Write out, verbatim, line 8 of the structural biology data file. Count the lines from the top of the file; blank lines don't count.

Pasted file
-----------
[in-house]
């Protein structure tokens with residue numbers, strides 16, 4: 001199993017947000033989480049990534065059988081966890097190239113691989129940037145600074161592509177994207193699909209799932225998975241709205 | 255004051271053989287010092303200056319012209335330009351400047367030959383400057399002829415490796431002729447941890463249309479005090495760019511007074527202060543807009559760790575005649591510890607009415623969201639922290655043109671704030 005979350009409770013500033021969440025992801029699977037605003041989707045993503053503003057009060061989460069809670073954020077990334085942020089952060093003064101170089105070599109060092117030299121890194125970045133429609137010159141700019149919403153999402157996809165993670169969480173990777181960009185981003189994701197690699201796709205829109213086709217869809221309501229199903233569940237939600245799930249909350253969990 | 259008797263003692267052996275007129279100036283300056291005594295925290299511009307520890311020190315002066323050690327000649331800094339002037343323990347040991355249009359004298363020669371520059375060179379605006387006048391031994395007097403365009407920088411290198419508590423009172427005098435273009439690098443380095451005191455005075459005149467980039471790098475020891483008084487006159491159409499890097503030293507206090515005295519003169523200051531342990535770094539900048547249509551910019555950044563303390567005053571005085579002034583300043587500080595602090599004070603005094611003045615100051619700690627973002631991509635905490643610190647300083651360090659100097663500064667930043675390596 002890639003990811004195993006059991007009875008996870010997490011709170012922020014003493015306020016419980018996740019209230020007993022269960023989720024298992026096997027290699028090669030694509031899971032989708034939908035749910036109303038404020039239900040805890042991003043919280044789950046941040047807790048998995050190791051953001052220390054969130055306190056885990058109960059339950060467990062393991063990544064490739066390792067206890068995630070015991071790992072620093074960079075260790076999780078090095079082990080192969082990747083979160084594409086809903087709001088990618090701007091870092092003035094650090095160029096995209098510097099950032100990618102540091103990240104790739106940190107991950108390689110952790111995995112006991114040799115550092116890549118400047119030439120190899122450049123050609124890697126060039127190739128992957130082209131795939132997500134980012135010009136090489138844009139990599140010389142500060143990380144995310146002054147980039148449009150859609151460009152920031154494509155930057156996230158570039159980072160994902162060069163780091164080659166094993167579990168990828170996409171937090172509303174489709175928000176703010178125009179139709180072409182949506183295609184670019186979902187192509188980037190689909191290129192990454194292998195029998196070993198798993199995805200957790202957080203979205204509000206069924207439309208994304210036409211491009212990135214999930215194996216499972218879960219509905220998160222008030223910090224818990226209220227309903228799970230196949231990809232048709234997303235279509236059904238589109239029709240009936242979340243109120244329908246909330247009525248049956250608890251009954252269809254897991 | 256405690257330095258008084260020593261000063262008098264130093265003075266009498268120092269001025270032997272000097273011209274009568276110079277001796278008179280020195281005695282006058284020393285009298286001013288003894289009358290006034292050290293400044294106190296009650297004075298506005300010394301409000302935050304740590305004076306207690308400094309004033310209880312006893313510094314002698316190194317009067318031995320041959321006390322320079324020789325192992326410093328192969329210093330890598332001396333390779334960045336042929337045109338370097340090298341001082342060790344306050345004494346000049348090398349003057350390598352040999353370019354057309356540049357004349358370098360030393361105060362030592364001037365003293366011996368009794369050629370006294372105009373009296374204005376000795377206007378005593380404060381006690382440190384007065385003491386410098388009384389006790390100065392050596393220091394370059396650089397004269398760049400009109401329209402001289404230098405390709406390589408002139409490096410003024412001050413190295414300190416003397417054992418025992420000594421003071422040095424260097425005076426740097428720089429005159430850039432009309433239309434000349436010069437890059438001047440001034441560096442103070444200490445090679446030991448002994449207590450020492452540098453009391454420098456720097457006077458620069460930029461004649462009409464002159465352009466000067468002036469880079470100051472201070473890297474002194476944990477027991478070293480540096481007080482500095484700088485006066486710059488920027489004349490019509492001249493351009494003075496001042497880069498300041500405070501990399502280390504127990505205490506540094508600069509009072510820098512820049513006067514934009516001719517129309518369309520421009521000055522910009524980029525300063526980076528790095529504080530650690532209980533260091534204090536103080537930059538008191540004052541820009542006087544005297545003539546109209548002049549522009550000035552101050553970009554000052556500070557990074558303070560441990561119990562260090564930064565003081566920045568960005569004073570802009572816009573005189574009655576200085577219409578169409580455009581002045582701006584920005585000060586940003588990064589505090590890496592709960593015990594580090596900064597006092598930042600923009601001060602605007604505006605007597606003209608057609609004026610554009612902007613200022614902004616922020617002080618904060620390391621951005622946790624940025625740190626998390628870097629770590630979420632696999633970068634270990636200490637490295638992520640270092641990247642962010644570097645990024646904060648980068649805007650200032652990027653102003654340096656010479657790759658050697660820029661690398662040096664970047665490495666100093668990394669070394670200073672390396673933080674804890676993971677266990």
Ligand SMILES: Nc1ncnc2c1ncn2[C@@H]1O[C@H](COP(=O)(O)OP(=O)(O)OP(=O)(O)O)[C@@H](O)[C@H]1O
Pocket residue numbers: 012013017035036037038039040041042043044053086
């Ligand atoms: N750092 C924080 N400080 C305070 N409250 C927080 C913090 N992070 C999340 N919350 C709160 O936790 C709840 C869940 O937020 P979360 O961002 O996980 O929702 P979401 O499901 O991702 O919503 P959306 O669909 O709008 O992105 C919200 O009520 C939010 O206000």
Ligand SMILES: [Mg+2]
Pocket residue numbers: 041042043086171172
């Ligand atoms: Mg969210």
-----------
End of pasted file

């Ligand atoms: Mg969210």